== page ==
“It is remarkable how effective gentle warming along the cervical spine is in sending a signal to the body to increase blood flow to the hands and feet to lower the core temperature and precipitate sleep onset,” Diller said.
“This same effect also enables the blood pressure to fall slightly overnight, with the benefit of allowing the cardiovascular system to recover from the stress of maintaining blood flow during daily activities, which is highly important for long-term health.”
The team has a patent for the cooling-warming mattress and pillow technology and is seeking partnerships with mattress companies to commercialize it.
Other members of the team are Sepideh Khoshnevis and Michael Smolensky of UT Austin, Ramón Hermida of the University of Vigo in Spain, Richard Castriotta of the University of Southern California and Eva Schernhammer of Harvard University.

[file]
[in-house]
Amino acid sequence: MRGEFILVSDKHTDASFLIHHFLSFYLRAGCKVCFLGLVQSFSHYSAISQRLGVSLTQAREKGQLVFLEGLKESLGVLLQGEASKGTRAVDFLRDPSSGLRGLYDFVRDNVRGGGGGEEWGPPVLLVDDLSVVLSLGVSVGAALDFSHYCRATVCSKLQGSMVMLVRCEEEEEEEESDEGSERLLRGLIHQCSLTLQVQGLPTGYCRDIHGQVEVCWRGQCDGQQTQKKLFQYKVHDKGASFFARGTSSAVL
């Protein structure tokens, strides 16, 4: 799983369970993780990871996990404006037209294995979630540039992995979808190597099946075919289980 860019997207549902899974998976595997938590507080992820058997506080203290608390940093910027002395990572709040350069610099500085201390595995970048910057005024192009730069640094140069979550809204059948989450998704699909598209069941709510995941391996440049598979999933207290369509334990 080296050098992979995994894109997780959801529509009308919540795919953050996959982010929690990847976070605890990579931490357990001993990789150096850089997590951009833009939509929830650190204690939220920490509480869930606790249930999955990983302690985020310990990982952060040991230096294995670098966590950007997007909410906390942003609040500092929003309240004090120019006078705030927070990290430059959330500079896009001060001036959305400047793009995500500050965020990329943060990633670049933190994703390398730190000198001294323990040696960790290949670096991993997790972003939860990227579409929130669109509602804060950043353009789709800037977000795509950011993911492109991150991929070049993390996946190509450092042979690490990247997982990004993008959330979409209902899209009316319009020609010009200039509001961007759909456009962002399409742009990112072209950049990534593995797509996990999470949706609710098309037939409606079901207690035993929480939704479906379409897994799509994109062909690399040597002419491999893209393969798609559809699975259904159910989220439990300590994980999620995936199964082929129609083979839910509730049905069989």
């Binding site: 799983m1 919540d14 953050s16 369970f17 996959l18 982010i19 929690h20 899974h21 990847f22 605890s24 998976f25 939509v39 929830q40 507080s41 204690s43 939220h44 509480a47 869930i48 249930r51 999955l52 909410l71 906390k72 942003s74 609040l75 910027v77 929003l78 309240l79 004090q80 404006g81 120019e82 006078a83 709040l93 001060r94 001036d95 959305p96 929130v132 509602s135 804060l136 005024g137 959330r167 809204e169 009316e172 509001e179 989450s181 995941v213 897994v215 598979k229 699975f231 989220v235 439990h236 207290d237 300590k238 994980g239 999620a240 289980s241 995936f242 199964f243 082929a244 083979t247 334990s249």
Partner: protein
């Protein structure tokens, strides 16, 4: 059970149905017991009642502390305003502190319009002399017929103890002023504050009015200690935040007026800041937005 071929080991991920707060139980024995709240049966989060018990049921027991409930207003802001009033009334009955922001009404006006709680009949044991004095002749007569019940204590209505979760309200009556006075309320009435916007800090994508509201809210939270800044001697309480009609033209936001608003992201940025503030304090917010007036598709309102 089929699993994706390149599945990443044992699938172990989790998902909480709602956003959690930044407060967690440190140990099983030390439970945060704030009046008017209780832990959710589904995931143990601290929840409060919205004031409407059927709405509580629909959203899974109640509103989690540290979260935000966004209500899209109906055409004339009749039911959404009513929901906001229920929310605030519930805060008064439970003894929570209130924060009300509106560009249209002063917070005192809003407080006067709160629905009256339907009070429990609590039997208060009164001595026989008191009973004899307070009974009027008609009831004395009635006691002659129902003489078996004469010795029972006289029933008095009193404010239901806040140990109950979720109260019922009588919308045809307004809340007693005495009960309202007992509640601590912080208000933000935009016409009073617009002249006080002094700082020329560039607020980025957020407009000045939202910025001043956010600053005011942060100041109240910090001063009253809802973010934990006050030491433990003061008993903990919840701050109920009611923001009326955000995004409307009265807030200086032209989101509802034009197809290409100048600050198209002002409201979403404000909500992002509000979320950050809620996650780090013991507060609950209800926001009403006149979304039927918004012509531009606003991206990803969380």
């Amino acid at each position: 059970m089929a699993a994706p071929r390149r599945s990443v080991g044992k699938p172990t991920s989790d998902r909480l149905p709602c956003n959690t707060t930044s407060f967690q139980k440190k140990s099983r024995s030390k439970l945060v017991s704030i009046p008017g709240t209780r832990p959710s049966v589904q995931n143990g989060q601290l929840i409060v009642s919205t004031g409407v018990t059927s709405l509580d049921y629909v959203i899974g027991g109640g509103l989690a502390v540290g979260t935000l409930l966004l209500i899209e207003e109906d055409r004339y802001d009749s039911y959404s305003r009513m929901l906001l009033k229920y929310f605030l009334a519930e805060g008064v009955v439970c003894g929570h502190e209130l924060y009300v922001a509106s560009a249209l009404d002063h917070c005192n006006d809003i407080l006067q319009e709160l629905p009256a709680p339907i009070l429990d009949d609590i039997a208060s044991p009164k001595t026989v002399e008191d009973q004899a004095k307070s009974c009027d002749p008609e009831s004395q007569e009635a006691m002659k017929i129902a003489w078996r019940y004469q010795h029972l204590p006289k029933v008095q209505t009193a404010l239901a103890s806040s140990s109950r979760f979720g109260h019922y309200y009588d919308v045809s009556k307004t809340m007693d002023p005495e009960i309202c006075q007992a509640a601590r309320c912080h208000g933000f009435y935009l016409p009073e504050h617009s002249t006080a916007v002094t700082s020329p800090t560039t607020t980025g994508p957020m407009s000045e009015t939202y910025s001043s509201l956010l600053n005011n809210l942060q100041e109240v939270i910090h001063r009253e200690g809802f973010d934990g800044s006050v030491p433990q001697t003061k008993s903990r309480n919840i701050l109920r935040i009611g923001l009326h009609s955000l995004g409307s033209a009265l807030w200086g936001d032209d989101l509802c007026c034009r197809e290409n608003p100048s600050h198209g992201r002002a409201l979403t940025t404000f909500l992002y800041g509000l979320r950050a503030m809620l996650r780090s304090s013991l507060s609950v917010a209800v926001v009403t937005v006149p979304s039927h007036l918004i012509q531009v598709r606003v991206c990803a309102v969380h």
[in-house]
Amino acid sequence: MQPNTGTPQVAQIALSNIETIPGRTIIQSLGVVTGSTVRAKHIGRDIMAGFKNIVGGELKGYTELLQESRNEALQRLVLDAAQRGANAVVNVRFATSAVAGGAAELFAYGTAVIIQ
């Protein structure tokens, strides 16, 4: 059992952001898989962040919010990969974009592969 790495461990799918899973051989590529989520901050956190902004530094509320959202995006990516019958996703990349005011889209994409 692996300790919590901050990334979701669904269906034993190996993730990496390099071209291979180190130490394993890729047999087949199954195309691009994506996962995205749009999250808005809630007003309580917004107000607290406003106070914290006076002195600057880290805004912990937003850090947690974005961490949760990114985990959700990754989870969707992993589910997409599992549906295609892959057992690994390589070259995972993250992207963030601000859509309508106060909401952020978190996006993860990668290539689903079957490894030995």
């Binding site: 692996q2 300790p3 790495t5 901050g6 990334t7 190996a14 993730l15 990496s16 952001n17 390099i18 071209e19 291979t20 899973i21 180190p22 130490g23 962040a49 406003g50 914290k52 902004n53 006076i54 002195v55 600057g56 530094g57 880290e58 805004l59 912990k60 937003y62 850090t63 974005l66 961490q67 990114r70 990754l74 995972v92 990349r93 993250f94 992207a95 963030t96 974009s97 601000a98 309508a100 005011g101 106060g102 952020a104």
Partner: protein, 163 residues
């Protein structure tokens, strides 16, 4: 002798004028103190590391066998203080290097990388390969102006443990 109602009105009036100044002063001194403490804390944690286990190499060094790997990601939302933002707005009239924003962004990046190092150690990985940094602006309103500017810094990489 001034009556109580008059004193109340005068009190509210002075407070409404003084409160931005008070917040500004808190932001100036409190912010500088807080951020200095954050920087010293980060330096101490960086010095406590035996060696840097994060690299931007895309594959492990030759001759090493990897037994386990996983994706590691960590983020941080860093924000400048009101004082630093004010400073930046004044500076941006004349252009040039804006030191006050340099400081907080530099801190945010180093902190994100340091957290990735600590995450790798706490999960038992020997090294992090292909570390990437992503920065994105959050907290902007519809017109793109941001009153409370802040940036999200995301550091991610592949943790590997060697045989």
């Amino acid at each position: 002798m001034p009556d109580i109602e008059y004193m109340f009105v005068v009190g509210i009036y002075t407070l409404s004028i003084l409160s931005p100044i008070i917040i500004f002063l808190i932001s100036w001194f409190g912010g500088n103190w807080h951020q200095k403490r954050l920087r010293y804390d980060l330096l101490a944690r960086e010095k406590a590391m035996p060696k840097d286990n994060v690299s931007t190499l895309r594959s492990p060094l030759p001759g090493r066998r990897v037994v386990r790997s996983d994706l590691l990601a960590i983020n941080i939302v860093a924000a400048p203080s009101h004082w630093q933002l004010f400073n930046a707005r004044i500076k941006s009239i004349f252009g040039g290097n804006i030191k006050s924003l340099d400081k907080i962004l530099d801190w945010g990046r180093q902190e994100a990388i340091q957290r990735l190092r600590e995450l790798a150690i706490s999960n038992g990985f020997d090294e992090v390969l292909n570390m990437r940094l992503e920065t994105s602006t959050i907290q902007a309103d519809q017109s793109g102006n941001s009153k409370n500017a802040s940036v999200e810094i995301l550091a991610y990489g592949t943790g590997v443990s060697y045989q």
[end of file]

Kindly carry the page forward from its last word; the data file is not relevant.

About this neurotech and sleep research news
Author: Nat Levy Source: UT Austin Contact: Nat Levy – UT Austin Image: The image is credited to UT Austin
Novel temperature-controlled sleep system to improve sleep: a proof-of-concept study
The sleep–wake cycle is regulated by circadian Process C and homeostatic Process S. Selective thermal stimulation (STS) of the cervical spine region enhances glabrous skin blood flow (GSBF) and augments body heat dissipation to increase distal-to-proximal skin gradient (DPG) causing decrease of core body temperature (CBT), which can shorten sleep onset latency (SOL) and improve sleep quality.